Professor Maberly is the head of the Lake Ecosystems Group at Lancaster, and has worked in aquatic ecology for more than 30 years, specialising in the ecophysiology of aquatic plants, with a particular interest in inorganic carbon as an ecological factor. He is also involved in the maintenance and analysis of long-term datasets on the Cumbrian lakes to understand the effects of external pressures such as climate change, nutrient enrichment and invasive species on lake function. He also carries out research into the effect of nitrogen as a limiting nutrient in freshwaters, the link between catchment processes and lake function and understanding how the behavioural ecology of flagellates control ecological distribution. He is involved in developing different approaches to monitoring lakes, including the use of high frequency data and earth observation.

Session 2

Professor Gang Pan, Research Centre for Eco-Environmental Sciences, Chinese Academy of Sciences, ChinaProfessor Gang Pan, Research Centre for Eco-Environmental Sciences, Chinese Academy of Sciences, China

Professor Pan is the Chairman of Global Phosphorus Recycling Initiative, SCOPE, chief scientist of a Sino-EU governmental cooperation program on water science, deputy chief scientist of a national R&D program on Taihu Lake and project leader for three national key basic research projects. He pioneered in developing cost-effective and safe technologies for toxic algal blooms and water pollution controls as well as nutrient recycle/reuse technologies in natural water systems. He also developed fundamental physicochemical theories and methods to study environmental and geochemical interfacial reactions (adsorption, flocculation, and nano science). He has a track record in developing multidisciplinary studies in chemical, environmental, ecological, water, and nano areas, ranging from fundamental science to applied engineering.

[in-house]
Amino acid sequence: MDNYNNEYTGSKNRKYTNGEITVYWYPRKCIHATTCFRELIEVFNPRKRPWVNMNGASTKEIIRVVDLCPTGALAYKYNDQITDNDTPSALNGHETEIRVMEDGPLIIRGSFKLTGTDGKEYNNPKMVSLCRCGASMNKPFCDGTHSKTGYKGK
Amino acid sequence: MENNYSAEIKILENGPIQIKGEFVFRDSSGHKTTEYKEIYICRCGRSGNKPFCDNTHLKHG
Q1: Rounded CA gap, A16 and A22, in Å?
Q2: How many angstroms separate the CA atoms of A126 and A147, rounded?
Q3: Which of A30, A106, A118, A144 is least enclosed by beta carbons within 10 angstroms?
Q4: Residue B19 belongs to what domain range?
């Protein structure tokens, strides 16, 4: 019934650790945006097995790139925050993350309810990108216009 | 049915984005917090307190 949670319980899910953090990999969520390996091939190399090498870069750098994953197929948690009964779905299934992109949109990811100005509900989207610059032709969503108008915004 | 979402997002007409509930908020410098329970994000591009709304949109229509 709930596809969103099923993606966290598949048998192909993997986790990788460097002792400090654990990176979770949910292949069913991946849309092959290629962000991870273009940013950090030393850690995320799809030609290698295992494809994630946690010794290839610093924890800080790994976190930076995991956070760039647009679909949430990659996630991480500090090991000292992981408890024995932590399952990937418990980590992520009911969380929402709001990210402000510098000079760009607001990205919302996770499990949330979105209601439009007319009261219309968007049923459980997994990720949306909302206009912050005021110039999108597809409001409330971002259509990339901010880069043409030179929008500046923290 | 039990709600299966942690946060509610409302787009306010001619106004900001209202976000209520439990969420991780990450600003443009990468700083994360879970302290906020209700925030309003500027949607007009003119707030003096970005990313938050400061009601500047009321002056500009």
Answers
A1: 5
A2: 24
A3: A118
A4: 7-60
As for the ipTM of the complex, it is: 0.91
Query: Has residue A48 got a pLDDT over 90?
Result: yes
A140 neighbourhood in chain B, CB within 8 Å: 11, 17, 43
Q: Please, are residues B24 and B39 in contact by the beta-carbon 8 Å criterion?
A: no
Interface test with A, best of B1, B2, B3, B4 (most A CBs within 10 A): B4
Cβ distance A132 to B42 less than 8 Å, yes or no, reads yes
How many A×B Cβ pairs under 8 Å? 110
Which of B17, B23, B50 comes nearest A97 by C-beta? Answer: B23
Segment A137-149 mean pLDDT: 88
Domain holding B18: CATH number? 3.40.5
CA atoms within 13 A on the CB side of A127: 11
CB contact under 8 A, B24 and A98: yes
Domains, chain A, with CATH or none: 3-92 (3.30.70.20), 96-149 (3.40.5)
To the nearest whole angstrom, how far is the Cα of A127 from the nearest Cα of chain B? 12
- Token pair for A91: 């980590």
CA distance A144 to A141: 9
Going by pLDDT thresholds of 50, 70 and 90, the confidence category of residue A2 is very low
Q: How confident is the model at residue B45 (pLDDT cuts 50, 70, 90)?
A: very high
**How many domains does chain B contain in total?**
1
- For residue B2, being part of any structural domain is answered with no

Session 3

Associate Professor Kasper Reitzel, University of Southern DenmarkAssociate Professor Kasper Reitzel, Department of Biology, University of Southern Denmark, Denmark

Kasper Reitzel is Associate Professor at the University of Southern Denmark where he is a participant of the Danish Centre for Lake Restoration (CLEAR). The focus of his research is the structuring role of phosphorus (P) in aquatic ecosystems, and during the past years Kasper has worked intensively with different aspects of chemical lake restoration with eg aluminium and modified clay, and is combining analytical chemistry with limnology to increase our understanding of these chemicals.

Session 4

Dr Bryan Spears, CEHDr Bryan Spears, Freshwater Ecology Group, Centre for Ecology & Hydrology, UK

Bryan Spears is a Freshwater Ecologist based at the Centre for Ecology & Hydrology's Edinburgh site. He has particular expertise in the biogeochemical transformation of nutrients within shallow aquatic ecosystems and the role of aquatic organisms in regulating these processes. His work has included studying the roles of benthic microalgae, macrophytes, bacteria and macroinvertebrates in regulating nutrient cycling between sediments and overlying waters in shallow lakes.

View the sessions

Videos from each session are linked below. Watch them on the e-Conference forum, where you can also read the discussions (which were open between 10 March 2014 and 21 March 2014).

Session 1: The need for geo-engineering in lakes and forecasting of unintended consequences

Session 2: Advances in materials development and application procedures

Session 3: Assessing future research requirements for the safe and effective use of geo-engineering, including whole lake experiments

Session 4: The need for decision support for practitioners to underpin wide-scale use

Publication reference: